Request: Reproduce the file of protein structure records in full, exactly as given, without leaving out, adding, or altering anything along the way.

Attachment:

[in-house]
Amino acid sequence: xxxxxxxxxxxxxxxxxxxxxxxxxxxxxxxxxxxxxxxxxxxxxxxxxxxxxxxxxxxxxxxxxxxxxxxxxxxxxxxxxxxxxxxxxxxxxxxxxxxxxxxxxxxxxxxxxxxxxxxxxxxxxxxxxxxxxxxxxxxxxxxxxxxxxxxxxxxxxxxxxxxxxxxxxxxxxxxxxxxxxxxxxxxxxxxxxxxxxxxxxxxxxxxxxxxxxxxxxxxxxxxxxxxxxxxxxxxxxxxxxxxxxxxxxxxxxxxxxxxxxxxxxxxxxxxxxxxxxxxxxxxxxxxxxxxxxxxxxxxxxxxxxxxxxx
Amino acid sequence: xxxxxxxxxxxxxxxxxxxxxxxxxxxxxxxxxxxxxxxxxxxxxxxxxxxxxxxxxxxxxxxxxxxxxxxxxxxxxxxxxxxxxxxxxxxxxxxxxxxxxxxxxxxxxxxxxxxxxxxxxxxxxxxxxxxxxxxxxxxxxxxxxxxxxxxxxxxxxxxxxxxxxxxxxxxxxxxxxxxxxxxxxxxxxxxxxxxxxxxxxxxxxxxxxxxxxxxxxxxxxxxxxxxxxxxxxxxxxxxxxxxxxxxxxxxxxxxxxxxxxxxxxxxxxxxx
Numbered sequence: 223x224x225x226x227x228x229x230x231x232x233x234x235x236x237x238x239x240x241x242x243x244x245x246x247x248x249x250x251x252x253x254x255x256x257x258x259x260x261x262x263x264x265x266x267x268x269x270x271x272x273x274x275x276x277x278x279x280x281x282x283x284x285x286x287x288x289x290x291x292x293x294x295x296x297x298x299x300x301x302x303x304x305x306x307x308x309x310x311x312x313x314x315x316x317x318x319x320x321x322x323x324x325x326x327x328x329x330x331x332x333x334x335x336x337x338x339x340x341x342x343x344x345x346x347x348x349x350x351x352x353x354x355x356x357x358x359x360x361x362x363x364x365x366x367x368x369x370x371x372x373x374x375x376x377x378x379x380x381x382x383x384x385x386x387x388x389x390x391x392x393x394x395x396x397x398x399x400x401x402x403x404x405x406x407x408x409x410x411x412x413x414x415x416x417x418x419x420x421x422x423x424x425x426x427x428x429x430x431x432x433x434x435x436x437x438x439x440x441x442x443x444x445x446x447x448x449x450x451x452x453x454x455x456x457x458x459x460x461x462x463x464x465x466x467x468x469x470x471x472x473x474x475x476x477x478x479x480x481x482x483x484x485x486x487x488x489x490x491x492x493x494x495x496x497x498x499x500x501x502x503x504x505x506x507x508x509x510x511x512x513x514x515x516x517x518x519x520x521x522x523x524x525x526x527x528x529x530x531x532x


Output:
[in-house]
Amino acid sequence: xxxxxxxxxxxxxxxxxxxxxxxxxxxxxxxxxxxxxxxxxxxxxxxxxxxxxxxxxxxxxxxxxxxxxxxxxxxxxxxxxxxxxxxxxxxxxxxxxxxxxxxxxxxxxxxxxxxxxxxxxxxxxxxxxxxxxxxxxxxxxxxxxxxxxxxxxxxxxxxxxxxxxxxxxxxxxxxxxxxxxxxxxxxxxxxxxxxxxxxxxxxxxxxxxxxxxxxxxxxxxxxxxxxxxxxxxxxxxxxxxxxxxxxxxxxxxxxxxxxxxxxxxxxxxxxxxxxxxxxxxxxxxxxxxxxxxxxxxxxxxxxxxxxxxx
Amino acid sequence: xxxxxxxxxxxxxxxxxxxxxxxxxxxxxxxxxxxxxxxxxxxxxxxxxxxxxxxxxxxxxxxxxxxxxxxxxxxxxxxxxxxxxxxxxxxxxxxxxxxxxxxxxxxxxxxxxxxxxxxxxxxxxxxxxxxxxxxxxxxxxxxxxxxxxxxxxxxxxxxxxxxxxxxxxxxxxxxxxxxxxxxxxxxxxxxxxxxxxxxxxxxxxxxxxxxxxxxxxxxxxxxxxxxxxxxxxxxxxxxxxxxxxxxxxxxxxxxxxxxxxxxxxxxxxxxx
Numbered sequence: 223x224x225x226x227x228x229x230x231x232x233x234x235x236x237x238x239x240x241x242x243x244x245x246x247x248x249x250x251x252x253x254x255x256x257x258x259x260x261x262x263x264x265x266x267x268x269x270x271x272x273x274x275x276x277x278x279x280x281x282x283x284x285x286x287x288x289x290x291x292x293x294x295x296x297x298x299x300x301x302x303x304x305x306x307x308x309x310x311x312x313x314x315x316x317x318x319x320x321x322x323x324x325x326x327x328x329x330x331x332x333x334x335x336x337x338x339x340x341x342x343x344x345x346x347x348x349x350x351x352x353x354x355x356x357x358x359x360x361x362x363x364x365x366x367x368x369x370x371x372x373x374x375x376x377x378x379x380x381x382x383x384x385x386x387x388x389x390x391x392x393x394x395x396x397x398x399x400x401x402x403x404x405x406x407x408x409x410x411x412x413x414x415x416x417x418x419x420x421x422x423x424x425x426x427x428x429x430x431x432x433x434x435x436x437x438x439x440x441x442x443x444x445x446x447x448x449x450x451x452x453x454x455x456x457x458x459x460x461x462x463x464x465x466x467x468x469x470x471x472x473x474x475x476x477x478x479x480x481x482x483x484x485x486x487x488x489x490x491x492x493x494x495x496x497x498x499x500x501x502x503x504x505x506x507x508x509x510x511x512x513x514x515x516x517x518x519x520x521x522x523x524x525x526x527x528x529x530x531x532x